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Since breaking ground in 2011, Disney and Shanghai Shendi Group are on track for the grand opening of the new Shanghai Disneyland resort on 16 June 2016.
According to Scott Bader, the spectacular new Disney resort in China has six themed lands including ‘Tomorrowland’ with future world Disney characters including Tron, Lilo and Stitch, and Toy Story’s Buzz Lightyear. Extensive sections of both the interior and exterior of the buildings and rides in Tomorrowland, covering an area of over 2,300 m2, were constructed from fire retardant (FR) gel-coated FRP composite moulded parts in several hundred different shaped and sized components.
Scott Bader explains that all of the FRP components needed for Tomorrowland were hand lay-up, manufactured by the specialist composites fabricator E-Grow using a fire approved laminate system comprising its Crestapol 1212 high performance ATH filled urethane acrylate resin, with the fire retardant pre-accelerated Iso-NPG polyester gelcoat Crystic 967 FR, supplied in a variety of specified custom colours.
It says that several hundred different sized and shaped gel-coated FRP parts were produced by E-Grow for Tomorrowland. The FRP composite parts supplied included facades, passenger sections of the Tron roller-coaster, parts of the Buzz Lightyear ride, the Lilo & Stitch Theatre, outdoor dining furniture and exterior cladding on the concourse and surrounding facilities. To cost effectively produce all of the different sizes and shapes for the Tomorrowland project, E-Grow used a unique, patented wax mould process. Using a 3D CAM file, individual plugs are CNC milled directly from wax blocks to produce the mould plug; wax has proved itself an ideal material for producing curved parts as very exact radii are relatively easy to machine. The wax plugs, which include surface texture and design details, are then used to cast large gypsum based mould tools for the hand lay-up process. Once all the FRP parts are produced, the wax plug is melted down and reused. By recycling the wax, very large custom shaped FRP parts can be produced with very little waste at highly competitive prices. The production process is also more environmentally friendly since it includes material recycling.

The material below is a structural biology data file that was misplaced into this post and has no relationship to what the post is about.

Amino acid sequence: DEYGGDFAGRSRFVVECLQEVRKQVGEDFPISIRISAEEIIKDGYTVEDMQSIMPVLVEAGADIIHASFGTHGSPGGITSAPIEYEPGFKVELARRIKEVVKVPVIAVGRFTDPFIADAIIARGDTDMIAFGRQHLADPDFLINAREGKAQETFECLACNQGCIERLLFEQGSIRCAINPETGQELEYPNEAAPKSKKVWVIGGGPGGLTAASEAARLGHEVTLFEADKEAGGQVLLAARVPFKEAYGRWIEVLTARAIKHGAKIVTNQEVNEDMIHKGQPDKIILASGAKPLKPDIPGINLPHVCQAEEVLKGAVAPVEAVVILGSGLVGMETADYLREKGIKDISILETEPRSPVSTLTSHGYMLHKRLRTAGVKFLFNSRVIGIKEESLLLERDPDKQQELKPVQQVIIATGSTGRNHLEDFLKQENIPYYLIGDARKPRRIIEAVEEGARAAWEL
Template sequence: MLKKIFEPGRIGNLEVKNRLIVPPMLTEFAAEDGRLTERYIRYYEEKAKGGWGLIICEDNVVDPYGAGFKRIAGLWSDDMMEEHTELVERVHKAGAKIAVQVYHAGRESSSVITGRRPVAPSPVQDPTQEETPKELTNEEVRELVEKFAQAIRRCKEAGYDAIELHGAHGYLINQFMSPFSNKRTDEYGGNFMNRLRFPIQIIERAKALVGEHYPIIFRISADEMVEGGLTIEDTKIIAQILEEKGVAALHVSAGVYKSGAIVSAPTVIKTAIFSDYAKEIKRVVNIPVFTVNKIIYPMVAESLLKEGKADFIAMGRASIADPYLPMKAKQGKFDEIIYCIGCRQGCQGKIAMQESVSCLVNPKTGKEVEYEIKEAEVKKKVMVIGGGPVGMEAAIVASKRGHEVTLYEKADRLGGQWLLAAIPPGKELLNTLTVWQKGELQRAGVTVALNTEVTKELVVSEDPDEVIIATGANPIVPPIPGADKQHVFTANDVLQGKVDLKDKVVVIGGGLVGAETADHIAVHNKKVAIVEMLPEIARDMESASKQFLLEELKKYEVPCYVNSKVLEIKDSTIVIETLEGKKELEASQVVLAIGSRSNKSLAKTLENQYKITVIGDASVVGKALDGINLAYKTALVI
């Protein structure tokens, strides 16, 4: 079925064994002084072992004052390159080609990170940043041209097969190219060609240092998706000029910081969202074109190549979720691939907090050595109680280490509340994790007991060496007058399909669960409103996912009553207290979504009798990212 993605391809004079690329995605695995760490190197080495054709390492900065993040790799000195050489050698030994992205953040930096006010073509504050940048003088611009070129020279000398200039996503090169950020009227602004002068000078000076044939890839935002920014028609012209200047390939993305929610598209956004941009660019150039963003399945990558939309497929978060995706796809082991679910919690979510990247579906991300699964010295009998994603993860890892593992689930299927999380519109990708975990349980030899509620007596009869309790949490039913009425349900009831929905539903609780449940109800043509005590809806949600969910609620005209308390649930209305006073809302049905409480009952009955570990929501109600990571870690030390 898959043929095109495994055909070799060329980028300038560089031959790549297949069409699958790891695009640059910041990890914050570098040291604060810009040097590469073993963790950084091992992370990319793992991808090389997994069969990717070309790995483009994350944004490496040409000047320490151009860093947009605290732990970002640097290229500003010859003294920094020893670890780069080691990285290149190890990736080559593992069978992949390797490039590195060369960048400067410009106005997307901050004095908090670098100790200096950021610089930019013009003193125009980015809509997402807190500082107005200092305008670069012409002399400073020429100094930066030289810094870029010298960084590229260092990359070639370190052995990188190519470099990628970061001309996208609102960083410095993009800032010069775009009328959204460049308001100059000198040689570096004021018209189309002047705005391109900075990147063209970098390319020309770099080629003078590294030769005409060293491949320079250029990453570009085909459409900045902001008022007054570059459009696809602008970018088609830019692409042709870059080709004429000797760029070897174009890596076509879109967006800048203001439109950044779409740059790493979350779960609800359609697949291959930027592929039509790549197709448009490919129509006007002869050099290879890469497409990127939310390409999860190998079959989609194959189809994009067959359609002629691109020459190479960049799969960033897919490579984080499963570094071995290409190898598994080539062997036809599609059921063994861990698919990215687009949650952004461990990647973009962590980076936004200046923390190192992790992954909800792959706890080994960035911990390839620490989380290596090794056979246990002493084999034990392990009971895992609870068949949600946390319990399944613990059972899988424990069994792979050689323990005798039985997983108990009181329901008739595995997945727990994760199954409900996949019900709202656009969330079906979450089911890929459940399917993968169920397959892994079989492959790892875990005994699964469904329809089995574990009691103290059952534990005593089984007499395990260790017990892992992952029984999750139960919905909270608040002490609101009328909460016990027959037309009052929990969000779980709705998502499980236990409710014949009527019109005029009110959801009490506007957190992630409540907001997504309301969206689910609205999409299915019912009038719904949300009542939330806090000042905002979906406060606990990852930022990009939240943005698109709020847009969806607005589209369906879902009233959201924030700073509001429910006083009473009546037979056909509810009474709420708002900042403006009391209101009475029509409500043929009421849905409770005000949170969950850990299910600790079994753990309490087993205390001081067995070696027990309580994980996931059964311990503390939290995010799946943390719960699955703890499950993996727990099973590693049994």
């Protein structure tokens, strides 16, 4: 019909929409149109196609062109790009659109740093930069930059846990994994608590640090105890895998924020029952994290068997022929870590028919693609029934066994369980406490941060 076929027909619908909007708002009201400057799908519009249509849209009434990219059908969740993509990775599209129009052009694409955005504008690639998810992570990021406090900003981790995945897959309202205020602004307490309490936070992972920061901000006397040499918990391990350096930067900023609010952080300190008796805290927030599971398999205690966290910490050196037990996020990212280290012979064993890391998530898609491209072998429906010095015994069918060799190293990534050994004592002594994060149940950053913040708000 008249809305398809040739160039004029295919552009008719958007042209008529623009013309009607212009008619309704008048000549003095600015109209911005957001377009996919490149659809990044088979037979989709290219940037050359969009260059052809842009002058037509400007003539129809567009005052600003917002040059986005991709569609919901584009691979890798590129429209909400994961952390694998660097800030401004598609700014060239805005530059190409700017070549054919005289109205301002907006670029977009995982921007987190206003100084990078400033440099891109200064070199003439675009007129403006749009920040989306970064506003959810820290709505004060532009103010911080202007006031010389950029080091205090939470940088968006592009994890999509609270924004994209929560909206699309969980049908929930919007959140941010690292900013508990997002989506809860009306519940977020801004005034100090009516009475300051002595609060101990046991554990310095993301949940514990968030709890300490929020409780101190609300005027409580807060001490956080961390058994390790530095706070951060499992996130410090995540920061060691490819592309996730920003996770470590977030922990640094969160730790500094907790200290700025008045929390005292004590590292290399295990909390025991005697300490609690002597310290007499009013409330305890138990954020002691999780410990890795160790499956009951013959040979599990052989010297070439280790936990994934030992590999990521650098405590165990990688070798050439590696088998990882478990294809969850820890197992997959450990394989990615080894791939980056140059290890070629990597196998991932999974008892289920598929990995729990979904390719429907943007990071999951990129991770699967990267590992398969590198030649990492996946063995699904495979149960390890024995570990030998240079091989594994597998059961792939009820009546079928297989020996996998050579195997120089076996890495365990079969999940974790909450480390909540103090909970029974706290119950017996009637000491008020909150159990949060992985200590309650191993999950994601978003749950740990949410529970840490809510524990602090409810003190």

All FRP used in the park had to meet the Chinese B1 ‘reaction to fire’ classification for fully assembled composite parts, as stipulated and tested by the Chinese National Inspection and Testing Centre for Building and Engineering Materials. Scott Bader says that, to ensure that the fire specification was met, E–Grow used Crestapol 1212 high performance urethane acrylate loaded with 170phr aluminum trihydrate (ATH) as the backup resin 450gsm CSM and 450 gsm woven rovings glass fibre reinforcements were added as needed. Another Disney requirement was that all gelcoat be both fire-resistant and match the paint system so that should there be any damage to the paint surface the part would maintain its appearance. To meet these requirements E-Grow used eight custom colors of Crystic Gelcoat 967 FR fire retardant pre-accelerated, thixotropic Iso-NPG polyester airless spray gelcoat. Crystic Gelcoat 967FR was specially designed by Scott Bader for the production of GRP parts in the building and transportation industry in areas where fire resistance is a key requirement.
Scott Bader explains that its Asia Pacific team in Shanghai supplied E-Grow with materials according to a planned production call off schedule for each of the build phases of the construction project. The team managed all the inventory and supply chain logistics from Scott Bader’s production plants in the UK for the Crestapol resin, and in Dubai, UAE, for the eight different colours of the high performance fire retardant Crystic gelcoat.
E-Grow was founded by Jerry Ku in 1997 and specialises in advanced building materials and providing solutions to creative, challenging architectural projects. Clients include internationally acclaimed architects and construction companies, working on both conventional and ground-breaking architectural design projects. E–Grow has factories in Shanghai and Dongguan, China.
Image provided by Scott Bader
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